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Hispanic say present at Women's March in New York

A day after Donald Trump swore to the presidency of the United States, about 400,000 people will participate in the Women's March in Washington DC to voice their concerns about the administration of the tycoon and thousands more will be present in demonstrations of solidarity in other cities including Los Angeles, Chicago, and New York City.

What began as a Facebook status of a Hawaiian grandmother suggesting a major rally against the president-elect in the US capital has exploded into one of the largest national and international demonstrations of the last decade.

In the Big Apple, more than 65,000 individuals are expected to walk from Dag Hammarskjold Square to the offices of the United Nations to Trump Tower on Fifth Avenue.

Since the march was announced, Hispanic women have not lagged behind in mobilizing their community.

"I think it's very important that Latinas participate and take a stand against intolerance the day after [Trump] takes the job," said singer Cecilia Villar Eljuri who is one of the organizers of the march in New York. She feels it is important for the president-elect to know that they have been watching him since his first day in the White House.

Why Ecuador raised in New York created a video to encourage more Hispanics to participate. "We are the majority minority, we have a lot of power and it is important that our voices are represented , " he added.

Villar will be participating with his own team of about 50 people called Eljuri , his artist name.

The Mexican Maria de los Angeles , marches for the rights of women and immigrants. "Women's rights and the rights of immigrants are closely linked," said the artist who has created suits to protest the march on Saturday.

After Trump won, the artist along with mentors and colleagues formed the group We Make America , which alludes to Trump's motto "Make America Great Again". The group already participated in an artistic demonstration at the front of Trump Tower and for last month the group has created posters and signs for the marches in New York and DC.

The 28-year-old arrived in California at 11 and is a recipient of DACA. She described that her life, art, and way of thinking has been directly affected by her "illegal" existence in the country she considers her home.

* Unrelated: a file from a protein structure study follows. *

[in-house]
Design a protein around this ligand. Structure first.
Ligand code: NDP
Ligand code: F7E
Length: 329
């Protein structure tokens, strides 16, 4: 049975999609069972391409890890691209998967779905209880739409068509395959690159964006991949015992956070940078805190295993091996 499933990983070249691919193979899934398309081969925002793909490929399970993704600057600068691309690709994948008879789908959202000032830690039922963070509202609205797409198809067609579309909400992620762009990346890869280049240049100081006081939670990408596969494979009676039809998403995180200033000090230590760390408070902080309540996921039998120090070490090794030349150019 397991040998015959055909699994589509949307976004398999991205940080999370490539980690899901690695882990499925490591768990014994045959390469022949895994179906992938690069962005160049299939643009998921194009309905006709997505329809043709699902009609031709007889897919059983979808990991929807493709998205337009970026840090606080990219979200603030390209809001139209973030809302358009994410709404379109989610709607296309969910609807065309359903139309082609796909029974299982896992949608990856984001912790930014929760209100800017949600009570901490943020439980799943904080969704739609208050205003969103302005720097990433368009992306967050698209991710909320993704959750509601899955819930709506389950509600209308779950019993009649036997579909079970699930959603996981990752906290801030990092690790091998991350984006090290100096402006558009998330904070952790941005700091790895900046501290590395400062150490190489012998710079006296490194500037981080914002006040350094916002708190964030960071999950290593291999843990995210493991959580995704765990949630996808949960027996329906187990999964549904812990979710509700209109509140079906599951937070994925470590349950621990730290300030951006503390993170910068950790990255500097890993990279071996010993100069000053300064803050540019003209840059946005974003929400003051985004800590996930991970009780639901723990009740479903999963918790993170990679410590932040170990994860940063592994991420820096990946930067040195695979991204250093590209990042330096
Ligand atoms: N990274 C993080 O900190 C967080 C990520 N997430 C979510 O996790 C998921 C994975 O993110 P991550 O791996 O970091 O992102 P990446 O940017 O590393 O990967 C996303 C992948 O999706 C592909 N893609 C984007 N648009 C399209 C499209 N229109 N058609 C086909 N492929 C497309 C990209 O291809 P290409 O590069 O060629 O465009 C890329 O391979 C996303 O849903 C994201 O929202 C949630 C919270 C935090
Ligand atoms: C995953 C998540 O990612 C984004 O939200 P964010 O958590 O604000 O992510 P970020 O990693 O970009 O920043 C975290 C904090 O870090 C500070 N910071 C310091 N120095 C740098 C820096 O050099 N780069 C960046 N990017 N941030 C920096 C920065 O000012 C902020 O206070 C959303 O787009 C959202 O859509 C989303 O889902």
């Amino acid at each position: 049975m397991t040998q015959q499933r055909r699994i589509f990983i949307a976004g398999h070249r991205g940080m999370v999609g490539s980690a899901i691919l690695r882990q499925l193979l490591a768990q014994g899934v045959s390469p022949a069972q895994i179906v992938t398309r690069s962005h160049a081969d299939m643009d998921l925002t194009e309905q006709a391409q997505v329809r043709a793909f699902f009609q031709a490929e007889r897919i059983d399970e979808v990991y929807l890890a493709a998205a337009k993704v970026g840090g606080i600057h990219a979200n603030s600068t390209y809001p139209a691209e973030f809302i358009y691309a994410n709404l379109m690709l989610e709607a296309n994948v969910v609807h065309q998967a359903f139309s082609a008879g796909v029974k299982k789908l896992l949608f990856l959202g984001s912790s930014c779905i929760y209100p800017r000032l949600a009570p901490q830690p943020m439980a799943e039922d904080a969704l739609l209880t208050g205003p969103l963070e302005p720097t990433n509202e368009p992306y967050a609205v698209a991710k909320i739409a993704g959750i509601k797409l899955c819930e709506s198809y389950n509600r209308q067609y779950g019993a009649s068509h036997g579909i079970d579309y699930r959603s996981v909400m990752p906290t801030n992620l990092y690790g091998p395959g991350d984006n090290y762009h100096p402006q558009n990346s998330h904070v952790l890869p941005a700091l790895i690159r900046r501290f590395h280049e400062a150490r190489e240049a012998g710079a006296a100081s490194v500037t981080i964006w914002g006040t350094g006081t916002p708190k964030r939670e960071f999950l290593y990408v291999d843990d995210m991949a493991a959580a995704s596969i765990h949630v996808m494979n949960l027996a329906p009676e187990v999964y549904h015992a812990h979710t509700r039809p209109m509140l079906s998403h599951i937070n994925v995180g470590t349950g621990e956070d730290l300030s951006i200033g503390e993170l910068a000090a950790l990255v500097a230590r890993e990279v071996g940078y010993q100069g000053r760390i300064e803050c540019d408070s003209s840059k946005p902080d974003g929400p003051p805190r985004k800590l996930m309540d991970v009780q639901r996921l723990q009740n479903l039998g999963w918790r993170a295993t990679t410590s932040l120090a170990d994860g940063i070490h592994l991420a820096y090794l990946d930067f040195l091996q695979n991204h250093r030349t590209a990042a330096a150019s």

"[Trump] used my illegality as a girl coming here and it irritates me that I use stereotypes to win her choice but I will not be ashamed of my story," he said.

Because of her immigration status, María is going to stay in New York to avoid the risk of being arrested in the capital since people with a criminal record are the most likely to be deported.

Luisa Sánchez , 31, said she has many reasons to leave but will be defending the rights of women she feels Trump does not prioritize like pay equity, maternity leave rights, and reproduction rights.

"Besides, I really believe that only its existence in the chair of the president has normalized intolerance and machista actions," said the border Mexican who will march in New York and also if he can in DC where he lives and works for a company of computing.

"I think it's important for him to see that he's just one, and we're together, " he added.

Details of the March in New York

The Women's March in New York City will begin with a demonstration at 10:30 a.m. on Saturday, 21 January at the Dag Hammarskjöld Square, United Nations Building.

The event will feature speakers including New York State Senator Liz Krueger, Michele Irimia, a Cuban-American educator and member of the Heritage Price Board, who organize the LGBT Parade among others. He will also play Kashish, a Muslim-American singer and a choral group called HERmonics.

Immediately afterwards, a group of female drummers will lead the first wave of the procession to Trump Tower at 721 Fifth Avenue.

To facilitate walking, the organizers urge you to register online at .